So, keep Opel and have 1M in unprofitable sales. Or sell and import a smaller amount of cars from countries with EU trade agreements (Mexico, Canada) at lower volumes but at least make a profit. The seem to be leaning towards the latter.


    That's really the apex of all of this. GM should have spent the last two decades trying to move production to Eastern Europe, but they didn't. To some degree it appears it was virtually impossible due to the IG Mattel union and German government.
    Tone
    arutherford
    Thats great that Buick sells 1 million units a year on its own. However, it would sell 2 million a year with Opel. That would lower engineering costs, etc overall just like One Ford has worked for Ford.


    Sure, but for there to be an additional 1M Opel's, there needs to be production in the EU. Germany appears to be too high-cost and GM seems to fear their UK plants no longer having duty-free access to the rest of Europe. Unlike VW, GM hasn't moved production to lower cost Eastern Europe locales and already seems to have excess production capacity.

    So, keep Opel and have 1M in unprofitable sales. Or sell and import a smaller amount of cars from countries with EU trade agreements (Mexico, Canada) at lower volumes but at least make a profit. The seem to be leaning towards the latter.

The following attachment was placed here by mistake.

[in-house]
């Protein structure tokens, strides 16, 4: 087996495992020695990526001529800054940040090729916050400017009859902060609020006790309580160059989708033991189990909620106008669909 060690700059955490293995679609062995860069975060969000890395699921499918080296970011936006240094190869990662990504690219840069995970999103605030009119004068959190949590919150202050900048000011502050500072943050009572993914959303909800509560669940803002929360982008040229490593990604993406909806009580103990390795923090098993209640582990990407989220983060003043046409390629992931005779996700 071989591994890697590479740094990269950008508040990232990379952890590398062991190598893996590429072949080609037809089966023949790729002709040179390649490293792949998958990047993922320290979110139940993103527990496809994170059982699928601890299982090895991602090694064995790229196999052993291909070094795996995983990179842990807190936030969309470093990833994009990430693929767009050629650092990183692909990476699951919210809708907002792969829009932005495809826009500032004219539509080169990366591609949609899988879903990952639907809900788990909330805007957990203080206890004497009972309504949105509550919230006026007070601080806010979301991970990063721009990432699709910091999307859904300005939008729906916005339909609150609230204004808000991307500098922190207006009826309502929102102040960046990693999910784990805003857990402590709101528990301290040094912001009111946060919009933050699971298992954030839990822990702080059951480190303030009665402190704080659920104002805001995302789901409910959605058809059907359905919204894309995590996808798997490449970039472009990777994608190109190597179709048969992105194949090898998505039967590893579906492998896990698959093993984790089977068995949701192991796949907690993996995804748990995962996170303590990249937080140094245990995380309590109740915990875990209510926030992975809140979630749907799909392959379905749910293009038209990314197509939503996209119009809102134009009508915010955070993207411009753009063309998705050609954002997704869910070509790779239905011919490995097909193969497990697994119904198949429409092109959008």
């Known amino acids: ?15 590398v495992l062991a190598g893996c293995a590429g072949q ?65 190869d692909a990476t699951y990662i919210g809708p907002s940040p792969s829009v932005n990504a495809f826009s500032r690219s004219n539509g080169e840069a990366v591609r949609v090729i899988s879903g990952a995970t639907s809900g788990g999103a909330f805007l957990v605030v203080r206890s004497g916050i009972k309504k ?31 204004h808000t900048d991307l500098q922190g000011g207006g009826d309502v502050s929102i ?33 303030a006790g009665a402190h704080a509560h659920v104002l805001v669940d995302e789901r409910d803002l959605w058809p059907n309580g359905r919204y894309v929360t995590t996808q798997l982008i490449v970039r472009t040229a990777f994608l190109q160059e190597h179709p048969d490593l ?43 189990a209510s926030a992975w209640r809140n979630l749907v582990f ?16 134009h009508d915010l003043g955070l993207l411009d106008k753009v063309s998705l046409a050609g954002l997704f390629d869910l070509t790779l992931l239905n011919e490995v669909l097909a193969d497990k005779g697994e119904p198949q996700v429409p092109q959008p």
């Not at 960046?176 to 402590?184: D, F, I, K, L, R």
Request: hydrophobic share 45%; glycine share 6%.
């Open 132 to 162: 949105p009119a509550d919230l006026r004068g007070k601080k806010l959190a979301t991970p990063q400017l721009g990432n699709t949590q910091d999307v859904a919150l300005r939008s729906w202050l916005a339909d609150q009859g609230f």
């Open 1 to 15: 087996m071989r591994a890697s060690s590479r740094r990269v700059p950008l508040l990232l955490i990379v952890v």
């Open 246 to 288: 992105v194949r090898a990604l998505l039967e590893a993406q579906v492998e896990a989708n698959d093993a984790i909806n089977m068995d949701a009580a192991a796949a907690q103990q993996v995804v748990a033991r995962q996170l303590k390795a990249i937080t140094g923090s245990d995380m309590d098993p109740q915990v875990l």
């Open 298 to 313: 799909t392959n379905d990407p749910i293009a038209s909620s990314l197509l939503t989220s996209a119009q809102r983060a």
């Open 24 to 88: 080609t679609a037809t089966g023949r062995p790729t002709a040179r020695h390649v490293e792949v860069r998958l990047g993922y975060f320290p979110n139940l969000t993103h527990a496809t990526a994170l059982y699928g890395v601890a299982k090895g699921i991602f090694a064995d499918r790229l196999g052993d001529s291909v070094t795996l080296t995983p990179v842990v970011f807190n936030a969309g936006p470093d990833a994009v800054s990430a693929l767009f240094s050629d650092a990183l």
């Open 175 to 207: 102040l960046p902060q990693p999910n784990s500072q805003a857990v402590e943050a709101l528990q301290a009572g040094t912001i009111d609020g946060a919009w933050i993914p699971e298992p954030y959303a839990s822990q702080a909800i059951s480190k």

nsaporito
    arutherford
    Thats great that Buick sells 1 million units a year on its own. However, it would sell 2 million a year with Opel. That would lower engineering costs, etc overall just like One Ford has worked for Ford.


    Yet Ford is backing off One Ford...
    arutherford
    Tone
    Thanks to China, Buick is selling over a million vehicles globally, with a nice growth trajectory and corresponding profits. Holden is a comparatively tiny regional market; smaller than GM Canada, it has its own regional tastes and probably needs the flexibility to pick and choose from the global portfolio to come up with a viable product portfolio. Opel is in a highly competitive market with high costs and no reasonable access to other markets. It's losing money and doesn't seem to have an underlying business structure (German unions, uncertainly around the UK's access to the rest of the EU) to be truly successful.

    Without Opel, Holden continues to take the buffet approach to the global GM portfolio. Buick development focuses on China, where the growth is and looks to get some additional high margin sales from the US. The only question: does GM become a EU importer? Canada has a EU trade deal and I believe the US also is part of that deal. Assuming the current amnistration sees it as meeting it's 'fair trade' requirements, perhaps the EU gets cars build elsewhere, trading lower sales for higher margins?


    Thats great that Buick sells 1 million units a year on its own. However, it would sell 2 million a year with Opel. That would lower engineering costs, etc overall just like One Ford has worked for Ford.